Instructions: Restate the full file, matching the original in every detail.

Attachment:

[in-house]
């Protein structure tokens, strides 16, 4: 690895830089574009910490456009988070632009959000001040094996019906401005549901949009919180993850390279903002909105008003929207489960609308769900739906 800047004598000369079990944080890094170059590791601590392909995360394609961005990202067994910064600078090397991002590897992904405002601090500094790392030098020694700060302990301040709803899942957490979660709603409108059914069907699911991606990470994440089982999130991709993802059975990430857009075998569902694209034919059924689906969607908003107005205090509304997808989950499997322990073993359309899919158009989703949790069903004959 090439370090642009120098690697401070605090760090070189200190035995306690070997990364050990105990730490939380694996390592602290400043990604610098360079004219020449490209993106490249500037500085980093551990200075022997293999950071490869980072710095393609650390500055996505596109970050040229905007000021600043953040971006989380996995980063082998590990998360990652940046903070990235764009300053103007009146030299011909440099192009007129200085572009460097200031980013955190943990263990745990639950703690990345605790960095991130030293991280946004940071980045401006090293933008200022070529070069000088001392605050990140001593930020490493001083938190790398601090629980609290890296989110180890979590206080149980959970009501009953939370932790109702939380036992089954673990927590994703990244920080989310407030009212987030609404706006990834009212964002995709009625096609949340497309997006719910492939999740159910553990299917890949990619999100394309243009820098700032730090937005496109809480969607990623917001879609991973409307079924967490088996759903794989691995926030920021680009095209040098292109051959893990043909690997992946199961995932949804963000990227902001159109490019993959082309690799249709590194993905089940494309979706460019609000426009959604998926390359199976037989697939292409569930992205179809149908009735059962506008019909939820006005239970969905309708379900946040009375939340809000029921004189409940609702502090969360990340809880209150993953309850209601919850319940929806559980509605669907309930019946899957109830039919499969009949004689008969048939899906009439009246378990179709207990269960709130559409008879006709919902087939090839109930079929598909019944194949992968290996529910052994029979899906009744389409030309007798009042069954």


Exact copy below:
[in-house]
């Protein structure tokens, strides 16, 4: 690895830089574009910490456009988070632009959000001040094996019906401005549901949009919180993850390279903002909105008003929207489960609308769900739906 800047004598000369079990944080890094170059590791601590392909995360394609961005990202067994910064600078090397991002590897992904405002601090500094790392030098020694700060302990301040709803899942957490979660709603409108059914069907699911991606990470994440089982999130991709993802059975990430857009075998569902694209034919059924689906969607908003107005205090509304997808989950499997322990073993359309899919158009989703949790069903004959 090439370090642009120098690697401070605090760090070189200190035995306690070997990364050990105990730490939380694996390592602290400043990604610098360079004219020449490209993106490249500037500085980093551990200075022997293999950071490869980072710095393609650390500055996505596109970050040229905007000021600043953040971006989380996995980063082998590990998360990652940046903070990235764009300053103007009146030299011909440099192009007129200085572009460097200031980013955190943990263990745990639950703690990345605790960095991130030293991280946004940071980045401006090293933008200022070529070069000088001392605050990140001593930020490493001083938190790398601090629980609290890296989110180890979590206080149980959970009501009953939370932790109702939380036992089954673990927590994703990244920080989310407030009212987030609404706006990834009212964002995709009625096609949340497309997006719910492939999740159910553990299917890949990619999100394309243009820098700032730090937005496109809480969607990623917001879609991973409307079924967490088996759903794989691995926030920021680009095209040098292109051959893990043909690997992946199961995932949804963000990227902001159109490019993959082309690799249709590194993905089940494309979706460019609000426009959604998926390359199976037989697939292409569930992205179809149908009735059962506008019909939820006005239970969905309708379900946040009375939340809000029921004189409940609702502090969360990340809880209150993953309850209601919850319940929806559980509605669907309930019946899957109830039919499969009949004689008969048939899906009439009246378990179709207990269960709130559409008879006709919902087939090839109930079929598909019944194949992968290996529910052994029979899906009744389409030309007798009042069954």